“The rest of Scripture speaks to us, but the Psalms speak for us.” St. Athanasius
What do you think, or know about the Psalms?
/ T H E P S A L M S /
Before creation existed, God was. And before we sought after God, He pursued us. For He created us for relationship. Relationship with Him first, and then relationship with one another (Gen. 1-2)
For this reason, Jewish and Christian prayer has always been seen as a response to God.
Responding to God’s goodness in creating us.
Surprisingly, we find that there is a wide range of tones of speech and emotions presented to us in the Psalms.
Often the language of the Psalms is unsettling and even shocking.
READ - Psalm 109:8 – 13.
The many emotions and words that arise in the various Psalms of praise and thanksgiving, protest and lament, and petition and confession give us freedom in responding to God through prayer and art.
Have you ever considered that your prayers could be unpolished? Raw feelings, emotions, and expressions? Why or why not?
/ P S A L M S A S P R A Y E R /
The Psalms model ways of talking to God that are honest, but not obvious.
They offer a new possibility of prayer – full disclosure.
The enable us to bring into our conversation with God, feelings and thoughts that most of us think we need to get rid of before God will be interested in hearing from us.
The Psalms do not sanctify what is shameful, or give us permission to feel better about the parts of ourselves that do need to change – pride, rage, selfishness, etc.
Instead, they teach us that profound change happens ALWAYS in the presence of God.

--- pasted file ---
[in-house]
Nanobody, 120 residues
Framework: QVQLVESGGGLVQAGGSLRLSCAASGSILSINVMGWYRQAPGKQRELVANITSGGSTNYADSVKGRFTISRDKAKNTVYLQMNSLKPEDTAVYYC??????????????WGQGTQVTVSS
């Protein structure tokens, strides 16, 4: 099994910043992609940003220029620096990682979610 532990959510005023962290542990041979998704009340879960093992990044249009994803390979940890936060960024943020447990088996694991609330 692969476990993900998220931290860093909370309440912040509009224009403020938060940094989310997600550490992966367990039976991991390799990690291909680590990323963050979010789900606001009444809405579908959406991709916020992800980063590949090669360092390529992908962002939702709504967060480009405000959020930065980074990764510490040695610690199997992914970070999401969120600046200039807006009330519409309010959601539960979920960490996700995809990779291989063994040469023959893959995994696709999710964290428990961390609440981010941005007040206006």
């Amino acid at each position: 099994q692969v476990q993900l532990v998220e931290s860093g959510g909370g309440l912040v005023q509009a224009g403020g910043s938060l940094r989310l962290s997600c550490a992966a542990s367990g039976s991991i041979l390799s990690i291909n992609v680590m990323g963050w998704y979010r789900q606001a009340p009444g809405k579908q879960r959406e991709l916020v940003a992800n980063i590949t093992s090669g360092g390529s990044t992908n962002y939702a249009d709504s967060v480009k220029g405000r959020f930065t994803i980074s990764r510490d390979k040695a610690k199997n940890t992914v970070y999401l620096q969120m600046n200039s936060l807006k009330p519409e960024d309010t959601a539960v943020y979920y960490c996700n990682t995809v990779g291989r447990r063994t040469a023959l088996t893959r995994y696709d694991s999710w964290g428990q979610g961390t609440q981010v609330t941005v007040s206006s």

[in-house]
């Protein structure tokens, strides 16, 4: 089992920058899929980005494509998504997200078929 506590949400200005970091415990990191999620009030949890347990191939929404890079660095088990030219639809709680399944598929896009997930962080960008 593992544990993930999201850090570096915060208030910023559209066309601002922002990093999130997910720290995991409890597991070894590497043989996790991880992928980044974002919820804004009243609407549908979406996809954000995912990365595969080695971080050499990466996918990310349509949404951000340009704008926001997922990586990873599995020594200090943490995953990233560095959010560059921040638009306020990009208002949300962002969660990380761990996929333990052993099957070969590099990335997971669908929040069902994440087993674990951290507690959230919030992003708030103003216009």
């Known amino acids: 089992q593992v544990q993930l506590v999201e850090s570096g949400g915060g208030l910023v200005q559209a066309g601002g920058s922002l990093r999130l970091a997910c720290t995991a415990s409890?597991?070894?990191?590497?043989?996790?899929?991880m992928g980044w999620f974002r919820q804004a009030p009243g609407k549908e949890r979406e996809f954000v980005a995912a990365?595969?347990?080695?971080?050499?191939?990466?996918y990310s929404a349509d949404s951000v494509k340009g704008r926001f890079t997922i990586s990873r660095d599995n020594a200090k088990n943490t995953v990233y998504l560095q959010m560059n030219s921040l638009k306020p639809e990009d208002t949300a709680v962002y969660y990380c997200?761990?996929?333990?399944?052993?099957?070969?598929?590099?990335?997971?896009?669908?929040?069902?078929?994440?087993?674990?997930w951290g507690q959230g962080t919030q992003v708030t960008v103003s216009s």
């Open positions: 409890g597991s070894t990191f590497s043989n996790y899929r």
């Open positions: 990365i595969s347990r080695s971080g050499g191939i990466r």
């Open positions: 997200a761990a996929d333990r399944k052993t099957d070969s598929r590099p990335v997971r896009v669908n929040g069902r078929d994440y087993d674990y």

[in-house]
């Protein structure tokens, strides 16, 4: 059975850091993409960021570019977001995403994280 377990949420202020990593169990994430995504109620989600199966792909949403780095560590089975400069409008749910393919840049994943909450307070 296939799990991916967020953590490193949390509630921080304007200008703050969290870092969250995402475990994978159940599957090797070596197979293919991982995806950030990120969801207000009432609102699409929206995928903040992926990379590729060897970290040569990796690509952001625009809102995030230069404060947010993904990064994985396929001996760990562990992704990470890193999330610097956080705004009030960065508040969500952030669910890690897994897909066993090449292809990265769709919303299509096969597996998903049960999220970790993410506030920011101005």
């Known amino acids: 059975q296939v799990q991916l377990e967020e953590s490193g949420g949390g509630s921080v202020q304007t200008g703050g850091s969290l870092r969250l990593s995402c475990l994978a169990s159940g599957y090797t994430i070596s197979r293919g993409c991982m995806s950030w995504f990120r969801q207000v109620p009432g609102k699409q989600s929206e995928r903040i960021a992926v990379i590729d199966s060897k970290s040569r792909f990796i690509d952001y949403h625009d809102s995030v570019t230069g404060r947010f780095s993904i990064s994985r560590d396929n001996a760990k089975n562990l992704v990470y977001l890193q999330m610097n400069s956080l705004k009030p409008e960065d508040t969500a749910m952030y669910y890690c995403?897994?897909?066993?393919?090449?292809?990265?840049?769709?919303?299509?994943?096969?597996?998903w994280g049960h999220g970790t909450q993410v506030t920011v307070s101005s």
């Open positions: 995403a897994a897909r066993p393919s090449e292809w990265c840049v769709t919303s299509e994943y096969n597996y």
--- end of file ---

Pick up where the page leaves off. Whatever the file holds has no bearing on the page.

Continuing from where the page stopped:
When we open our minds and hearts fully to the God who made the Psalms, then we open ourselves to the possibility of being changed beyond our imagining.
/ T H E N P R A Y… /
The Psalms are everywhere in the Christian life – referred throughout the New Testament, quoted even more than the Prophets! We use them in our worship, as we enter into a service. They shape how we usually pray.
When we pray the Psalms we are really listening to what they have to say, listen to what we are saying when we pray them, and this changes our ideas of prayer.
They explode our idea of how we should think and talk when God is around – like hanging out at your Grandparents place with a sibling, and your parents scoff at you for what you are saying, or doing.
/ F A L S E I D E A S W E B E L I E V E /
God does not have any use for our anger – I have to forgive my enemy before I am permitted to pray.
Since we are people of hope, there is no place for despair or fear in the Christian life.
You must never be mad at God.
Prayer doesn't make a different
It is precisely because of ideas like these that many of us do not pray more often, or more deeply.
/ R E A D /
Psalm 39: How often, in prayer, do you really put forward honestly how you are feeling?
As we read the Psalms we are often surprised when we read that the psalmists’ relationship with God is grounded in honesty.
The fact that the Psalms contain expressions of anger, relief, sadness, praise, despair, hope and trust all mixed together reflects the dynamic nature of how God made us (in HIS image).
Honesty - The Psalms model for us what it looks like to come to God in truth at all times with all of who we are.
They teach us how to "come" to God, not by attempting to escape ourselves or our situation, but to come to Him AS ourselves IN our current situation, to find fellowship with Him there.
This kind of honest expression is rarely learned or practiced in our relationships with other human beings.
The temptation for Christians is to reduce dialogue to monologue.
In prayer we do not have a relational discussion.
/ R A D I C A L P S A L M S /
Today in our faith lives, and in our churches, we have deep grooves are worn into our prayers and imagination as a community that make it difficult to break out of such routine prayer-lifestyles.
Praying the Psalms is a God-sanctioned means of forming us for a robust faithful life with Him.
As we pray the Psalms, we are freed to let go of our old securities of predictable and controllable patterns of responding to God.
/ R E L A T I O N S H I P /
We cannot have a deep relationship with someone who we cannot speak honestly with. Someone who we can show our ugly side to.